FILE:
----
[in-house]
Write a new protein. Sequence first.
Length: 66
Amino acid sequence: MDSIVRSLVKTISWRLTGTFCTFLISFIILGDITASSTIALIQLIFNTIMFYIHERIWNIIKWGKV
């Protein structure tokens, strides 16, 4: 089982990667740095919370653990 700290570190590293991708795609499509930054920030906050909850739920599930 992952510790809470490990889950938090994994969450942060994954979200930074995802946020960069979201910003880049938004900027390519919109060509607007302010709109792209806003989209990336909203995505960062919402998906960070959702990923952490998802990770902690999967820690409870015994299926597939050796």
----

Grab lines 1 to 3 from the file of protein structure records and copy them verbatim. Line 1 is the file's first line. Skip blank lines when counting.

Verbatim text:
[in-house]
Write a new protein. Sequence first.
Length: 66